Sure, right now. But I have no doubt that if all the "off limits" stuff dissipated tomorrow it would be neigh on 5 years before 5 star hotels and brand new sandy beaches with golf courses popped up.

Is that the "offf limits" stuff that blockades food and medicine to the children of Cuba? You know, the food and medicine that americans don't want Cuba to give to their kids. The kids that weren't even alive in the 60s and 70s.

I used to think it was american government that was evil but government is created by people and is just the embodiment of what people want. Maybe american people really are evil.

Re:The amusing thing is... (0)

Anonymous Coward | about 6 months ago | (#46715209)

" I wouldn't necessarily underestimate the supply of nostalgic B-list and below feds just itching to go fight the last war, now set to 'casual' difficulty level.

Unless they truly fuck something up, people just keep accruing seniority until they die or finally become too senile to disguise their senility. We still have some years left before we've aged out all the cold warriors."

    But what about the Cubans?

Re:The amusing thing is... (1)

Opportunist (166417) | about 6 months ago | (#46712237)

Don't underestimate the PR power Cuba still holds. If you can show that you're a badass mofo who won't take a shit from Cuba and take every chance to piss them off, your chance to get elected rise considerably in certain areas of the US.

Re:The amusing thing is... (1)

BitZtream (692029) | about 6 months ago | (#46712417)

That time is rapidly disappearing, all the old Cubans who Castor ousted and fled to the US are dying or dead, just like Castro. The money to politicians from them is also dying. As such, our giving a shit about Cuba ... rapidly dying as well.

Re:The amusing thing is... (2)

DriveDog (822962) | about 6 months ago | (#46713553)

Finally somebody's getting at what's behind all the meddling in Cuba. Virulent anti-Castro Cuban ex-pats hold a lot of political sway, and giving them what they want doesn't annoy many other US citizens. So they get what they want because the cost to politicians is near zero. Never mind that Cuba isn't the falling domino threatening to take the rest of Latin America to communism that it was thought to be 50 years ago and really has little effect on anyone outside its borders. Sure, there are a few dinosaurs and misadventurers in the US government or three-letter-agencies, but they wouldn't get funding if it weren't for the ex-pats' influence. Shouldn't funds go instead to countering real threats like Bermuda, the Canaries, and Palmyra?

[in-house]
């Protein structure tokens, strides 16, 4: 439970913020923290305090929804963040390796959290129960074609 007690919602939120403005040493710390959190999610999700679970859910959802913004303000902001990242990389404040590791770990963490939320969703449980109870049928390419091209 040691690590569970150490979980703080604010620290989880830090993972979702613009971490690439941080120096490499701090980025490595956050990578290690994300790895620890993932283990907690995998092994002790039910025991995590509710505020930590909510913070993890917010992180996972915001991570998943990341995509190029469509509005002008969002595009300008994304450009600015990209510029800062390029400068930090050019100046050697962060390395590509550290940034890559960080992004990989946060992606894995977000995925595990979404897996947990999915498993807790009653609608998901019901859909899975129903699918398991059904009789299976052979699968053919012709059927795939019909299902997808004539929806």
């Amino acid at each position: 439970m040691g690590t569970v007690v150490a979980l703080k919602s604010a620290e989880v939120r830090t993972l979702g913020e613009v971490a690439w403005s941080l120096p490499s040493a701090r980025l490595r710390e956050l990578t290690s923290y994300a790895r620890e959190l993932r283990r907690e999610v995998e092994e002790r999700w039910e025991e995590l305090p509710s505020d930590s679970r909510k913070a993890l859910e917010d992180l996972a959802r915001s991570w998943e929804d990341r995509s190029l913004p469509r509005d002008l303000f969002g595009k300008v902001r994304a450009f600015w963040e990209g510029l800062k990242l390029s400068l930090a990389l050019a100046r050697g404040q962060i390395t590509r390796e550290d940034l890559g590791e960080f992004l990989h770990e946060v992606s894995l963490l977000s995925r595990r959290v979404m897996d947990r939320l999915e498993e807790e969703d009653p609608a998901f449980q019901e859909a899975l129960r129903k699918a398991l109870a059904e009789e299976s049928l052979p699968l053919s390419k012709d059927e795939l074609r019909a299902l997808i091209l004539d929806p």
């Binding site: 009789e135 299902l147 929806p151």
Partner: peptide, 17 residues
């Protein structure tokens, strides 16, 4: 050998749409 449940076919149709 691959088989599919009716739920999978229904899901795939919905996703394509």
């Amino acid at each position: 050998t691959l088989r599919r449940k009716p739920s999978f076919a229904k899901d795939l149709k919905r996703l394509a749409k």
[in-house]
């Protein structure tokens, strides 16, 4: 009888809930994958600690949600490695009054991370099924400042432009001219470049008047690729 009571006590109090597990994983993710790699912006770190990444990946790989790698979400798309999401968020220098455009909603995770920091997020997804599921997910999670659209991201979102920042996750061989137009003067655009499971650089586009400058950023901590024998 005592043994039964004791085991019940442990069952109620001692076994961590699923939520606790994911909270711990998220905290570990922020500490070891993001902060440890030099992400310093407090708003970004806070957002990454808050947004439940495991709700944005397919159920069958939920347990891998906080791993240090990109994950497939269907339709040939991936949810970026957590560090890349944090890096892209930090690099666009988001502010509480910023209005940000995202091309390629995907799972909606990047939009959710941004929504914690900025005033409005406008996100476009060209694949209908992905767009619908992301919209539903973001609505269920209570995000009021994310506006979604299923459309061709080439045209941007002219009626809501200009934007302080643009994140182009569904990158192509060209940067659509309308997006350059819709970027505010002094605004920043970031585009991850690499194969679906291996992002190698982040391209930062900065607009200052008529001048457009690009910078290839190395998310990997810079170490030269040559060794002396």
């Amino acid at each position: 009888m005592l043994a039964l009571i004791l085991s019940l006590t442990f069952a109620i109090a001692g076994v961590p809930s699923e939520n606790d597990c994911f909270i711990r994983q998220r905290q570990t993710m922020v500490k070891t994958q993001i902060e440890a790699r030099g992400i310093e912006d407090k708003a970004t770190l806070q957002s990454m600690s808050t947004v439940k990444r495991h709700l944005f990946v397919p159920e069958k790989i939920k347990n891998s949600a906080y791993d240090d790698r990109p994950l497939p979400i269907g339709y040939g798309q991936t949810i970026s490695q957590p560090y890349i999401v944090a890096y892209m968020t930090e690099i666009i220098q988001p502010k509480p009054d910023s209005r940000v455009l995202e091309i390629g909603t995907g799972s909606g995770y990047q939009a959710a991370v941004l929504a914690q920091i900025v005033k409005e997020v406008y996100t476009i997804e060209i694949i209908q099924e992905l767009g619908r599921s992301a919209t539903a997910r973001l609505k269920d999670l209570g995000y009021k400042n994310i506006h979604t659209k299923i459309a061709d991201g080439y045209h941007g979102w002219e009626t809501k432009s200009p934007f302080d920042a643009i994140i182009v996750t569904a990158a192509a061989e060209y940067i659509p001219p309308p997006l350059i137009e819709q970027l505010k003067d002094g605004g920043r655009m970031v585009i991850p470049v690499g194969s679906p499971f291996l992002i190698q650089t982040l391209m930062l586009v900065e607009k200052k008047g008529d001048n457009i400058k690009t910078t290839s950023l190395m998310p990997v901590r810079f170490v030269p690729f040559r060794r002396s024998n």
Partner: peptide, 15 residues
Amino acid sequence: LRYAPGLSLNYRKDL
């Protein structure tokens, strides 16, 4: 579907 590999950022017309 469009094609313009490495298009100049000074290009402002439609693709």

Re:The amusing thing is... (4, Insightful)

jandersen (462034) | about 6 months ago | (#46712467)

Another, perhaps less amusing thing is that the US actually do care; at least as long as there is a noisy group of displaced, Cuban voters to please.

Re:The amusing thing is... (4, Insightful)

Johann Lau (1040920) | about 6 months ago | (#46712481)

The idiotic thing is that you think "the US" is a monolith, instead of a bunch of agencies made up by people, with plenty of incentive to use tax payer money for useless or even counterproductive things, like attacking Iraq in response to 9/11, or killing kids with drones. If anything, "The US" isn't in the business of dealing with threats, it's in the business of creating them while talking about mushroom clouds and fucking its own population as it jumps on chairs in fear of imaginary mice; and the population responds with hollow chauvinistic sound bites aimed about other populations to make itself feel better about it. You're pinned to the floor, get fleeced for everything of value you got, and scream "ahhh! sweet victory!" because it's even worse elsewhere. Fucking pathetic.

Re:The amusing thing is... (0)

Anonymous Coward | about 6 months ago | (#46714707)

Okay, not mice. But a rat: http://www.youtube.com/watch?v=qdFF5C3ZR_I

Re:The amusing thing is... (1)

Plumpaquatsch (2701653) | about 6 months ago | (#46712701)

.. that the Cuban government still think the US gives a damn about their 3rd world Island apart from Guantanamo Bay.

It cares enough that the embargo is still in full force.

Yeah, those pretentious Cubans! (0)

Anonymous Coward | about 6 months ago | (#46712931)

Those silly Cubans, believing that just because you try to murder their president, you actually care. Huh. AS IF. Sheesh. Nobodies.

Re:The amusing thing is... (3, Insightful)

Zontar_Thing_From_Ve (949321) | about 6 months ago | (#46713305)